They were so adept that Atari invited them to join its youth advisory board and flew them to a convention in Los Angeles. The Allbrittons took Dickerson to their ski lodge in Snowmass, Colorado. “They were incredibly generous people,” he says.
In the late 1980s and early ’90s, Allbritton attended Wesleyan University, known for its liberal activism. Students protested apartheid in South Africa, among other things.
“I was not politically active in college,” Allbritton says. “It was not in my heart.”
When students demonstrated and some were arrested, Allbritton pulled up a lawn chair, popped a beer, and watched.
He graduated from Wesleyan in 1992 and went directly into Riggs Bank’s investment-management side. At 22, he was analyzing deals and helping the bank decide on loans.
“I was bored to tears,” he says. “I spent much of my time watching the sweep hand reach 5 o’clock.”
He called his father, then Riggs’s chairman. “I can’t take it anymore,” he said. “I quit.”
He figured he could live awhile on $9,000 he had saved. He also figured he could make good on a lifelong dream—learning to fly a plane.
From the time he was little, Allbritton had flown in his father’s jet. He remembers standing near the pilot and marveling at the dials and gauges. Finally, he spent two months at the Leesburg Airport getting his pilot’s license.
His father called every day at 6:30 am and asked: “How does it feel to be retired at age 22?”
Allbritton’s retirement lasted less than a year. In February 1993, his father put him to work in Allbritton Communications.
“They called it ‘TV 101,’ ” Robert says.
He spent two years learning the television business. He visited stations, sold ads, studied the technology, worked on programming. “I even did some on-air reporting,” he says.
His “professors” were Allbritton executives. Among them was Jerry Fritz, who is still with the company. Fred Ryan, who would become instrumental in growing Allbritton Communications and creating Politico, arrived in 1995.
“The company’s group head left, and I replaced him,” Allbritton says. It was 1996. He was 25.
In the next years, Allbritton Communications went on a buying binge. The company raised $200 million in the public debt market. It bought two stations and started one from scratch. Robert says he learned the most from buying two stations around Birmingham, Alabama, in 1996 and combining them into the strongest in the area.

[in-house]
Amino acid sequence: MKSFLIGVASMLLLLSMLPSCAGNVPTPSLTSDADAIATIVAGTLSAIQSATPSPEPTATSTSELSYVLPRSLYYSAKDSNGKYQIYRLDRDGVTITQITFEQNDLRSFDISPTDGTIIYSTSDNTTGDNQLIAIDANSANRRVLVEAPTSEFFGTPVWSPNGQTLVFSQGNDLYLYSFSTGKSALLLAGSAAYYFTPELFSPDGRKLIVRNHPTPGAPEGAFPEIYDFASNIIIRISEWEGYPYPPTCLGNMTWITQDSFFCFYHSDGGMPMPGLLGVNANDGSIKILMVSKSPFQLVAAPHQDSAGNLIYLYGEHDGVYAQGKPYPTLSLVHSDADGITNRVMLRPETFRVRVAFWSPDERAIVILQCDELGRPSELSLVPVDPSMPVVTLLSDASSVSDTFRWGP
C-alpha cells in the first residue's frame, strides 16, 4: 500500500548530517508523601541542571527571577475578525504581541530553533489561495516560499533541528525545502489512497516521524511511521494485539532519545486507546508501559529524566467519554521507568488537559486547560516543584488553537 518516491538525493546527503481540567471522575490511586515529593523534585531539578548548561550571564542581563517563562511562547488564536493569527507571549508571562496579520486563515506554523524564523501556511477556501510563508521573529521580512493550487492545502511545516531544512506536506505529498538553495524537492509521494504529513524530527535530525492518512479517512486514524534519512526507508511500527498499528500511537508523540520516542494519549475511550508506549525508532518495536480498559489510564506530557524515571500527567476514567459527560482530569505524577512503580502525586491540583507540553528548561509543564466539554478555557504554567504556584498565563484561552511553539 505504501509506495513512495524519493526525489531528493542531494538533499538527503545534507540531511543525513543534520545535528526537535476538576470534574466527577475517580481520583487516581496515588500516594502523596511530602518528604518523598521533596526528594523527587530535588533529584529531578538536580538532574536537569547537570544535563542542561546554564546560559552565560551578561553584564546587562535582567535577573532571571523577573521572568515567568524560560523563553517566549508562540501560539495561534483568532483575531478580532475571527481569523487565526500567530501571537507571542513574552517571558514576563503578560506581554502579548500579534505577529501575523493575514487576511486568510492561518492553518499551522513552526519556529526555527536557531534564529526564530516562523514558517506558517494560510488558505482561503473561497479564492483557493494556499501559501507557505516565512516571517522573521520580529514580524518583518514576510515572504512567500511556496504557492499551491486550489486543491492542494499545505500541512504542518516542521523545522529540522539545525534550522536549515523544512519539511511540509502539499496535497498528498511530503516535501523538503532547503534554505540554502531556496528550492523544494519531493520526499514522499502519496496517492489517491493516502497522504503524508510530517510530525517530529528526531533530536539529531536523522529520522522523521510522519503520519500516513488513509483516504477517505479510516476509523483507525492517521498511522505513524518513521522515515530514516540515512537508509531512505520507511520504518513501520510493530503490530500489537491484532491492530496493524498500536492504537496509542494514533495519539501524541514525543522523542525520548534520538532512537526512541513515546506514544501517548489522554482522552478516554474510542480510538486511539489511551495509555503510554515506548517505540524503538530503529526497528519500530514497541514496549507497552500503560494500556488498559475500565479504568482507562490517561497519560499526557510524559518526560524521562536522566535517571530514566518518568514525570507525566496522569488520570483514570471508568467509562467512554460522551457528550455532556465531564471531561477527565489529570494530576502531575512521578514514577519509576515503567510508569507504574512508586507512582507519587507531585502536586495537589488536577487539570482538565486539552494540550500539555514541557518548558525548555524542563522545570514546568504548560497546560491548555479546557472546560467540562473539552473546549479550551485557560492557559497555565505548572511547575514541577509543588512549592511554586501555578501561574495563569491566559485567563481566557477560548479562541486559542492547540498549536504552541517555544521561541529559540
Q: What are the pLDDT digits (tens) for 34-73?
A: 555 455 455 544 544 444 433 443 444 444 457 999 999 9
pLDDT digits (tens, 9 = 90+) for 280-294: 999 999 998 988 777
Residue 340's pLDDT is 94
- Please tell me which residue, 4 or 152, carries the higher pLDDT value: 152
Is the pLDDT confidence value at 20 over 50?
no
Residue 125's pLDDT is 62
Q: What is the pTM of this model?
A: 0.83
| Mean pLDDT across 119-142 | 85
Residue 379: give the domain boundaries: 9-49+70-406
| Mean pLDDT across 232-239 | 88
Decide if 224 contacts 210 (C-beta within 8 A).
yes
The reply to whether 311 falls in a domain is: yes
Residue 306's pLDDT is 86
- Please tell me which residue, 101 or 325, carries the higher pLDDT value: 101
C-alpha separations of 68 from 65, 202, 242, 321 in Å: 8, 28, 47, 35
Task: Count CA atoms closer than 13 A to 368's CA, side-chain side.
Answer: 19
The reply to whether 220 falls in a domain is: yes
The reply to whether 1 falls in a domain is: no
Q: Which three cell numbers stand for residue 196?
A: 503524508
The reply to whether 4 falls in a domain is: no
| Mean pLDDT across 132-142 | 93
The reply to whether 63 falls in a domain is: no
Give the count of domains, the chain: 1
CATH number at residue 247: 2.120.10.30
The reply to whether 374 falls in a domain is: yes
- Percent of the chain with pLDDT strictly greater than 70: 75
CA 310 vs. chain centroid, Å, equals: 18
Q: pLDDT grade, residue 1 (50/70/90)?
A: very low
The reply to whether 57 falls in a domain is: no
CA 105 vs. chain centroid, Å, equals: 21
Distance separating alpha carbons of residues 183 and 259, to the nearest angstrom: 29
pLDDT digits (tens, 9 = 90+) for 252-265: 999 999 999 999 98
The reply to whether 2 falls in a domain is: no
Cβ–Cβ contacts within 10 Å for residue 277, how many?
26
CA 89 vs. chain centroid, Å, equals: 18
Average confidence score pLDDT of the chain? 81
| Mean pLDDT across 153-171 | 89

“I interviewed the best anchors and on-air talent in the region and cherry-picked the best to create a star staff,” he says. “I learned that if you want to have a successful media property, it’s all about quality and personalities. You can’t skimp on that.”
His father expected him to work for a few years and return to school for an MBA. Robert sought advice from Stephen Trachtenberg, then president of George Washington University, which Robert had attended for a semester.
“Should I get an MBA?” Allbritton asked.
“If you want to take a vacation,” Trachtenberg said.
Joe Allbritton phoned his son a few weeks before Christmas 2000 and said, “I have six weeks to live.”
The senior Allbritton may have been overstating the case, but he had just been diagnosed with prostate cancer. He was in his seventies and in good health. Doctors at Memorial Sloan-Kettering Cancer Center in New York said he had a good chance for recovery.
The cancer treatment and recovery took Joe Allbritton away from his duties as chairman of Riggs Bank for more than a year. He asked his son to step in.
The day-to-day banking operations were being handled by veteran executives, but someone had to run the board. On Valentine’s Day 2001, Allbritton became chairman and CEO. He was two days shy of 32.
“The bank was bumping along. It had a good name. The systems were out of date. It needed more branches.”
Riggs had earned its good name. Founded in 1836, the bank had been called on to finance the Mexican War and the purchase of Alaska and to hold deposits for 21 Presidents.
In 1981, when Joe Allbritton bid $70 million for 40 percent of the stock and a controlling interest, Riggs was the region’s largest bank. By 2001, when his son took over, larger banks such as Wachovia and Bank of America had invaded, bought local franchises, and expanded branches and services. Joe Allbritton didn’t seem to want to compete with the megabanks; instead he created more of a boutique bank that served international customers and the diplomatic community.